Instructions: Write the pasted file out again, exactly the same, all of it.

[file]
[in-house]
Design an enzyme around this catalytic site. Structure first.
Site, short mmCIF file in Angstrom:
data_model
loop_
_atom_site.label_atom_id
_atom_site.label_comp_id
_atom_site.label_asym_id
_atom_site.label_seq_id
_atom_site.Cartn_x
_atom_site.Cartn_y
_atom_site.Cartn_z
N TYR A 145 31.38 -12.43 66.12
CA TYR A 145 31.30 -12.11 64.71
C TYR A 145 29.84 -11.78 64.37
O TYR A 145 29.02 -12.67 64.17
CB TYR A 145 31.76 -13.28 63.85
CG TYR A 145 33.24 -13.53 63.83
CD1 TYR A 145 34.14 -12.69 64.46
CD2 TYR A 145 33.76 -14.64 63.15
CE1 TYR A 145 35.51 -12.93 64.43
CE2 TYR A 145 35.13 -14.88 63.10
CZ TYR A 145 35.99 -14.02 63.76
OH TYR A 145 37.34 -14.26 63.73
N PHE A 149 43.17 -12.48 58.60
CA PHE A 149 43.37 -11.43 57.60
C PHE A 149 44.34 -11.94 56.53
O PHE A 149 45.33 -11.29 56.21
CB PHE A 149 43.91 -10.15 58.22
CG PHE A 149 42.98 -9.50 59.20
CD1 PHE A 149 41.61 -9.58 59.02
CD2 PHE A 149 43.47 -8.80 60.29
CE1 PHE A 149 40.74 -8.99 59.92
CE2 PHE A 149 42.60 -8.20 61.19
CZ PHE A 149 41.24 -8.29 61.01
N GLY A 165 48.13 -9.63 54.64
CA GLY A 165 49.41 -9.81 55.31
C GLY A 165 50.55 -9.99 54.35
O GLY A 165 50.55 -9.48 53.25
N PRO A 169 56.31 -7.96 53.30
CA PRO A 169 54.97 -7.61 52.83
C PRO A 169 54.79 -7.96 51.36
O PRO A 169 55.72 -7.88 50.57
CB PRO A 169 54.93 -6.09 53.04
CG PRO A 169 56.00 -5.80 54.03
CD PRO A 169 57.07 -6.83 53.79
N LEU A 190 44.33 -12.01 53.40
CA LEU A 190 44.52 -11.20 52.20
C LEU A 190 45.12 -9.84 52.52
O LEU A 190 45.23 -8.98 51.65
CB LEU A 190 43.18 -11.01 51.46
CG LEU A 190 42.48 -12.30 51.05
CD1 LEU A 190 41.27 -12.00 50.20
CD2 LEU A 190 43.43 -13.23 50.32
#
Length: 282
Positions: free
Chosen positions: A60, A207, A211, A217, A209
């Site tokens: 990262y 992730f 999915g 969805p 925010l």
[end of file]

[in-house]
Design an enzyme around this catalytic site. Structure first.
Site, short mmCIF file in Angstrom:
data_model
loop_
_atom_site.label_atom_id
_atom_site.label_comp_id
_atom_site.label_asym_id
_atom_site.label_seq_id
_atom_site.Cartn_x
_atom_site.Cartn_y
_atom_site.Cartn_z
N TYR A 145 31.38 -12.43 66.12
CA TYR A 145 31.30 -12.11 64.71
C TYR A 145 29.84 -11.78 64.37
O TYR A 145 29.02 -12.67 64.17
CB TYR A 145 31.76 -13.28 63.85
CG TYR A 145 33.24 -13.53 63.83
CD1 TYR A 145 34.14 -12.69 64.46
CD2 TYR A 145 33.76 -14.64 63.15
CE1 TYR A 145 35.51 -12.93 64.43
CE2 TYR A 145 35.13 -14.88 63.10
CZ TYR A 145 35.99 -14.02 63.76
OH TYR A 145 37.34 -14.26 63.73
N PHE A 149 43.17 -12.48 58.60
CA PHE A 149 43.37 -11.43 57.60
C PHE A 149 44.34 -11.94 56.53
O PHE A 149 45.33 -11.29 56.21
CB PHE A 149 43.91 -10.15 58.22
CG PHE A 149 42.98 -9.50 59.20
CD1 PHE A 149 41.61 -9.58 59.02
CD2 PHE A 149 43.47 -8.80 60.29
CE1 PHE A 149 40.74 -8.99 59.92
CE2 PHE A 149 42.60 -8.20 61.19
CZ PHE A 149 41.24 -8.29 61.01
N GLY A 165 48.13 -9.63 54.64
CA GLY A 165 49.41 -9.81 55.31
C GLY A 165 50.55 -9.99 54.35
O GLY A 165 50.55 -9.48 53.25
N PRO A 169 56.31 -7.96 53.30
CA PRO A 169 54.97 -7.61 52.83
C PRO A 169 54.79 -7.96 51.36
O PRO A 169 55.72 -7.88 50.57
CB PRO A 169 54.93 -6.09 53.04
CG PRO A 169 56.00 -5.80 54.03
CD PRO A 169 57.07 -6.83 53.79
N LEU A 190 44.33 -12.01 53.40
CA LEU A 190 44.52 -11.20 52.20
C LEU A 190 45.12 -9.84 52.52
O LEU A 190 45.23 -8.98 51.65
CB LEU A 190 43.18 -11.01 51.46
CG LEU A 190 42.48 -12.30 51.05
CD1 LEU A 190 41.27 -12.00 50.20
CD2 LEU A 190 43.43 -13.23 50.32
#
Length: 282
Positions: free
Chosen positions: A60, A207, A211, A217, A209
């Site tokens: 990262y 992730f 999915g 969805p 925010l």